It's the height of hypocrisy for Erie Chapman to lecture hospital chief executives about our collective top concerns (Letters, Jan. 23, p. 19). As a former CEO, Chapman offers this sermon from the relative comfort of his self-created foundation position at Baptist Healing Trust, the only remaining independent activity of the formerly independent Baptist Hospital in Nashville.
As I recall, Chapman's concern over financial challenges and, most specifically, the massive debt of Baptist Hospital forced him into a sale to his crosstown rival, St. Thomas Hospital. While he passed the heavy-lifting components of his former job onto someone else and left the hospital CEO field, no one would stoop to accuse him of abandoning concerns relative to quality and safety by selling to St. Thomas.
Yet, Chapman says that not-for-profit hospital CEOs and our boards have done just that. I beg to differ. We have not abandoned our mission. Healthcare CEOs worry about myriad challenges-financial and otherwise. The ACHE survey forced a ranked order of concerns. Yes, I responded to the ACHE survey and yes, financial issues are my No. 1 concern. My board and I have not lost sight of quality and safety, but the old adage "no margin, no mission" rings as true today as ever. I just don't need preaching from the sidelines about my own well-reasoned priorities.
President and chief executive officer
Gateway Health System
... why finances matter
The letters in response to the cover story on the American College of Healthcare Executives' survey of healthcare executives' priorities were very disconcerting to me ("What really matters most," Jan. 9, p. 8; Letters, Jan. 23, p. 19). As CEO of a critical-access hospital and Planetree affiliate, I can well understand why "financial challenges" are indeed on the top of many hospital CEOs' concerns.
I wish to reassure your readers that we have not lost sight of our mission to provide compassionate care in our communities. However, the challenges which daily threaten the very financial viability of our hospitals cause us to continually recall the old adage, "no money, no mission."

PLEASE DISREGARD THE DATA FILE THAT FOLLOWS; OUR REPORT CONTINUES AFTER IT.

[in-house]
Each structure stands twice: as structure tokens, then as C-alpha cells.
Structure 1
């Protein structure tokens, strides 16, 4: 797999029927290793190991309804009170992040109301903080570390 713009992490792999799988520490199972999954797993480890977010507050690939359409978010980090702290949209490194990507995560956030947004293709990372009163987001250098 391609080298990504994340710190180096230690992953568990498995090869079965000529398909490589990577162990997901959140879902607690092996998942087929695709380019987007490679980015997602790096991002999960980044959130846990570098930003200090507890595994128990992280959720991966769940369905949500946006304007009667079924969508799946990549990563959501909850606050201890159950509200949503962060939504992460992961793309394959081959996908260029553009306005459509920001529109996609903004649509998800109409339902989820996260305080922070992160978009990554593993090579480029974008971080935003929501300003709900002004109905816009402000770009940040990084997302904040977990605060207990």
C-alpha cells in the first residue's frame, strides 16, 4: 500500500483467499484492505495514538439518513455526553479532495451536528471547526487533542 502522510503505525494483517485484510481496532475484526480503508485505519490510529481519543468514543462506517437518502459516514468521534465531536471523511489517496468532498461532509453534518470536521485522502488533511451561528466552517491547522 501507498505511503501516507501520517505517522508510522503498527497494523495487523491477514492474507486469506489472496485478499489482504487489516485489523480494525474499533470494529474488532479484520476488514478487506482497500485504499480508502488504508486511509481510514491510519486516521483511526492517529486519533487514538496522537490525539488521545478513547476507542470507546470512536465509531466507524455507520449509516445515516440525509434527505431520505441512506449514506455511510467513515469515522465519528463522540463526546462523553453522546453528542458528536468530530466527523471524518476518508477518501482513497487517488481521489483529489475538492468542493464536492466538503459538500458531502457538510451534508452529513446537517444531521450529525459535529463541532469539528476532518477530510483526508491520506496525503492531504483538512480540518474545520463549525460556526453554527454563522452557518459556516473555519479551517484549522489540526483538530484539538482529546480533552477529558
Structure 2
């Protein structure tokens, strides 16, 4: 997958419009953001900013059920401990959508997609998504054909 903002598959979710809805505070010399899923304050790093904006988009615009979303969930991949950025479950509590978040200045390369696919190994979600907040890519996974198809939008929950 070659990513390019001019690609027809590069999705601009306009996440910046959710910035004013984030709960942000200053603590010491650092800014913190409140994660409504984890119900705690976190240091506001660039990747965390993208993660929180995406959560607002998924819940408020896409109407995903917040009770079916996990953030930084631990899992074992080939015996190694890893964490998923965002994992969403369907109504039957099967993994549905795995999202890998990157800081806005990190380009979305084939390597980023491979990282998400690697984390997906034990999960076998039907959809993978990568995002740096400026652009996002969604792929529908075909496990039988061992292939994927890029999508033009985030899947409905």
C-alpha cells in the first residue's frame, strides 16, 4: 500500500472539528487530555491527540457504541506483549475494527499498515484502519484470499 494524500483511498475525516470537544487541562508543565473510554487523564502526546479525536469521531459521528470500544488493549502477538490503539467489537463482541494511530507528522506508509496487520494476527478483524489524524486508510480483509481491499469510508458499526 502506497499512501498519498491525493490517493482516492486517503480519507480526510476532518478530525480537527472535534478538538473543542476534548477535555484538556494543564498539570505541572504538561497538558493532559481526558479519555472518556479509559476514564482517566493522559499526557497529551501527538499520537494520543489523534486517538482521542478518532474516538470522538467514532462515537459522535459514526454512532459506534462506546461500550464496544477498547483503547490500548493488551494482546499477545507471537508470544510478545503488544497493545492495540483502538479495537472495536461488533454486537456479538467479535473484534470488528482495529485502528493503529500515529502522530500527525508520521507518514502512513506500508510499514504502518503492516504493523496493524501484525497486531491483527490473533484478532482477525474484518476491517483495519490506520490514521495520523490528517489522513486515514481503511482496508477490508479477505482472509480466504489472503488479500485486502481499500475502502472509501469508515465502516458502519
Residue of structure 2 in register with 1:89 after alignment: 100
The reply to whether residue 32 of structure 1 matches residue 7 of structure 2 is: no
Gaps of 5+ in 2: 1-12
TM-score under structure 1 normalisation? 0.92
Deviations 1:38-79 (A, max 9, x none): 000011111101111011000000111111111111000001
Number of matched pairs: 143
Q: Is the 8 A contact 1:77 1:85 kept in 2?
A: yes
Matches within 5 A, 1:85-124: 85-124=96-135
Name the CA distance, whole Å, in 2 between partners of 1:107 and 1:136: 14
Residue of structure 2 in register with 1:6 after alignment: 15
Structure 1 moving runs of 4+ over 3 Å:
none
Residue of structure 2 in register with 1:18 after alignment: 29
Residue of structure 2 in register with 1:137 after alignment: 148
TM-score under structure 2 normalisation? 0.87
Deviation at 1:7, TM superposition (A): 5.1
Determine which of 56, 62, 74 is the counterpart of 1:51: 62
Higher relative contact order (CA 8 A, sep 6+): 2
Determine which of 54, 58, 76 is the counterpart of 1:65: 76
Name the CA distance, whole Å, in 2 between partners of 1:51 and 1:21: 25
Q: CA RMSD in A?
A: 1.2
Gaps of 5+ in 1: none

Our staff members work extremely hard providing that tender touch, but unless we can afford to give them the proper tools for their jobs, our outcomes are in jeopardy. Most community hospitals will devour their assets before giving up their mission, but once that happens, who will be there at 3 a.m. for your heart attack or auto accident?
President and chief executive officer
Brookville (Pa.) Hospital
An uneven M&A market
I found the annual healthcare mergers and acquisitions special report, by Melanie Evans and Vince Galloro, quite interesting ("Merger ahead," Jan. 23, p. 22.) I certainly agree that things have been active and seem to be off to a very quick start this year. I can't entirely agree, however, that we are in the midst of a seller's market-at least not for all facilities and markets.
Much like the housing market, some areas of the country and communities of a certain size are hot. Other areas are very, very cold even though sellers are present and trying hard to find buyers.
I am working with buyers and sellers encountering both extremes. The appetite very much depends on the location of the hospital or hospitals for sale-whether the community is of a certain size; if it seems to be growing; whether in-market private payers and associated workforce seem stable; whether the Medicaid program at issue is viable; and whether state regulations are strong or weak are all increasingly relevant factors. Also, while the venture money available to startups is truly unprecedented, my sense is that the number of sellers may also be unprecedented-or may soon be as reimbursement rates become less favorable and stable, access to the capital markets continues to be limited to the "haves," the average physical plant becomes older, the costs of providing care skyrocket, etc.
I actually believe that we are in the midst of a market that may not be able to find buyers or partners for the many, many facilities that see a transaction as a way to access much needed capital.
As a healthcare transactional lawyer, these are busy and exciting times. When I put my public-policy hat on, however, I am very concerned about the future of acute-care facilities in all but the most attractive communities.
There is another side to this story.
Waller Lansden Dortch & Davis
What do you think?
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